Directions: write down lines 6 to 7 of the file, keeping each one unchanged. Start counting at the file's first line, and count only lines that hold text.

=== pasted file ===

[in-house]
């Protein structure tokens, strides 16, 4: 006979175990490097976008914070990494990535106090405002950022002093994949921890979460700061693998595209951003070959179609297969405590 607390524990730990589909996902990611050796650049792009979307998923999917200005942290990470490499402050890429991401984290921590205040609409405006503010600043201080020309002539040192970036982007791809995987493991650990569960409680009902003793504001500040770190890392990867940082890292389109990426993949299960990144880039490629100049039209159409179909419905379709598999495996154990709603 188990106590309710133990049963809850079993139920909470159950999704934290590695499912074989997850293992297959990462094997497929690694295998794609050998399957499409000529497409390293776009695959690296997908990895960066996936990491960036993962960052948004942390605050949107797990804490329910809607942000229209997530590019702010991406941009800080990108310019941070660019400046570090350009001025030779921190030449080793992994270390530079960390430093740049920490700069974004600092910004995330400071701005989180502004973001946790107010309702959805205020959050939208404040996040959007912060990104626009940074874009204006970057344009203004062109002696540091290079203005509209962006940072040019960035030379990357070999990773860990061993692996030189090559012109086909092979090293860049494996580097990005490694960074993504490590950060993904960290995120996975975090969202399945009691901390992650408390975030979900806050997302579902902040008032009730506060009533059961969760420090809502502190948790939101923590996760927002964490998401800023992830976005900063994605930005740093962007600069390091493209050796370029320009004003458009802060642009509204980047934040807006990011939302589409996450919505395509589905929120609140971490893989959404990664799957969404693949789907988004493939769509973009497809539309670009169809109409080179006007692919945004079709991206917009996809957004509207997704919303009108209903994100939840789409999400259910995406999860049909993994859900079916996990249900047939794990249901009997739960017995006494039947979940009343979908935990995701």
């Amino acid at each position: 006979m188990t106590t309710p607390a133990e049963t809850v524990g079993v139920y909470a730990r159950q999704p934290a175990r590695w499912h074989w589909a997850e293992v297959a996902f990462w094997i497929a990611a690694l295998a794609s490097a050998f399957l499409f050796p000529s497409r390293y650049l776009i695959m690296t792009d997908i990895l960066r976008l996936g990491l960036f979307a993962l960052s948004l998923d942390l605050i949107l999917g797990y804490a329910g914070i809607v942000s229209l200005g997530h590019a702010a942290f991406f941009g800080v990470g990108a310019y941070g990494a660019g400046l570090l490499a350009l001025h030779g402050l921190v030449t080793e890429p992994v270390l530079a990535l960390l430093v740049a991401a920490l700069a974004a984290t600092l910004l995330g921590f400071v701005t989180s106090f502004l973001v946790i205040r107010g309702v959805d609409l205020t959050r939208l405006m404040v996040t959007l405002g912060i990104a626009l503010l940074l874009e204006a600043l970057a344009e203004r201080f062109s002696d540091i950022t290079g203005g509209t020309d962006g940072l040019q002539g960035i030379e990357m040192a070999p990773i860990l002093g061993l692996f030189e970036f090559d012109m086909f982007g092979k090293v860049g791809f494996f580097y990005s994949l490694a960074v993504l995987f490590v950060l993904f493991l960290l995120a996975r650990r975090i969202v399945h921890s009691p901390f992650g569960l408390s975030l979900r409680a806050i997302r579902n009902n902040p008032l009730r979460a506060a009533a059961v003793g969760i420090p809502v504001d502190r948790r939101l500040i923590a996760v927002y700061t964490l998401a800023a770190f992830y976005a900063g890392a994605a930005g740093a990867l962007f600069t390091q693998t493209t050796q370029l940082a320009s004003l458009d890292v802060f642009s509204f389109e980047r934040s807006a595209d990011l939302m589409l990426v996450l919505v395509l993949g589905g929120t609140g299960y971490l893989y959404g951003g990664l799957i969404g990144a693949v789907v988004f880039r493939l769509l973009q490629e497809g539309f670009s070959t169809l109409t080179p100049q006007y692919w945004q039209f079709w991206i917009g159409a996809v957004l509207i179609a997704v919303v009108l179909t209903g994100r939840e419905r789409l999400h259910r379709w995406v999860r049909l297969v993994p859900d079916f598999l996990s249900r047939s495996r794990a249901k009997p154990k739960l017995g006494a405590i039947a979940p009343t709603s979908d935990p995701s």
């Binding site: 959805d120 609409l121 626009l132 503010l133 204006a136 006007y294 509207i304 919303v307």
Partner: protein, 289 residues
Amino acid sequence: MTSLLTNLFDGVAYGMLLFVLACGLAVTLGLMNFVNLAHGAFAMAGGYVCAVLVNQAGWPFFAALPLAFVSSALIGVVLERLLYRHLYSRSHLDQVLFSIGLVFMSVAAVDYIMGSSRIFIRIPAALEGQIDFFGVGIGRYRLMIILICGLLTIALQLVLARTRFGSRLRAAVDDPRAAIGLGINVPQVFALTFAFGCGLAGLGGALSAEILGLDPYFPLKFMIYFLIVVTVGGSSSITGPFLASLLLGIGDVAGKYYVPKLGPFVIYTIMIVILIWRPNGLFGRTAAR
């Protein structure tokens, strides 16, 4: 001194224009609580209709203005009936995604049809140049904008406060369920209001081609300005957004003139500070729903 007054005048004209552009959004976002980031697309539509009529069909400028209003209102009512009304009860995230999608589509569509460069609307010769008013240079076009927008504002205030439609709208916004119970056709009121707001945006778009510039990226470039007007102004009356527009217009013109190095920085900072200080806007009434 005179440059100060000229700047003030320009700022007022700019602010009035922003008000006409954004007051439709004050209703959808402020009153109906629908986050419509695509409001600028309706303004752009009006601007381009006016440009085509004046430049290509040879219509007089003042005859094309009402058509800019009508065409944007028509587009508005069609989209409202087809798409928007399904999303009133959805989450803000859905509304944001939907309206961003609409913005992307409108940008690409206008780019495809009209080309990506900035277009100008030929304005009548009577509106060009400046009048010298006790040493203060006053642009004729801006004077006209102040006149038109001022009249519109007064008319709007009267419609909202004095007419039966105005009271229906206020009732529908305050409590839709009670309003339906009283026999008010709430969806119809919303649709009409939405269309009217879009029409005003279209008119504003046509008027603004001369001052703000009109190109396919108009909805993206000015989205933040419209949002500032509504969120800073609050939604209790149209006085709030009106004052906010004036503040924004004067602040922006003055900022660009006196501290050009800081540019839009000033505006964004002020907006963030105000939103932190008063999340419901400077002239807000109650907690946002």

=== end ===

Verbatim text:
Amino acid sequence: MTSLLTNLFDGVAYGMLLFVLACGLAVTLGLMNFVNLAHGAFAMAGGYVCAVLVNQAGWPFFAALPLAFVSSALIGVVLERLLYRHLYSRSHLDQVLFSIGLVFMSVAAVDYIMGSSRIFIRIPAALEGQIDFFGVGIGRYRLMIILICGLLTIALQLVLARTRFGSRLRAAVDDPRAAIGLGINVPQVFALTFAFGCGLAGLGGALSAEILGLDPYFPLKFMIYFLIVVTVGGSSSITGPFLASLLLGIGDVAGKYYVPKLGPFVIYTIMIVILIWRPNGLFGRTAAR
């Protein structure tokens, strides 16, 4: 001194224009609580209709203005009936995604049809140049904008406060369920209001081609300005957004003139500070729903 007054005048004209552009959004976002980031697309539509009529069909400028209003209102009512009304009860995230999608589509569509460069609307010769008013240079076009927008504002205030439609709208916004119970056709009121707001945006778009510039990226470039007007102004009356527009217009013109190095920085900072200080806007009434 005179440059100060000229700047003030320009700022007022700019602010009035922003008000006409954004007051439709004050209703959808402020009153109906629908986050419509695509409001600028309706303004752009009006601007381009006016440009085509004046430049290509040879219509007089003042005859094309009402058509800019009508065409944007028509587009508005069609989209409202087809798409928007399904999303009133959805989450803000859905509304944001939907309206961003609409913005992307409108940008690409206008780019495809009209080309990506900035277009100008030929304005009548009577509106060009400046009048010298006790040493203060006053642009004729801006004077006209102040006149038109001022009249519109007064008319709007009267419609909202004095007419039966105005009271229906206020009732529908305050409590839709009670309003339906009283026999008010709430969806119809919303649709009409939405269309009217879009029409005003279209008119504003046509008027603004001369001052703000009109190109396919108009909805993206000015989205933040419209949002500032509504969120800073609050939604209790149209006085709030009106004052906010004036503040924004004067602040922006003055900022660009006196501290050009800081540019839009000033505006964004002020907006963030105000939103932190008063999340419901400077002239807000109650907690946002």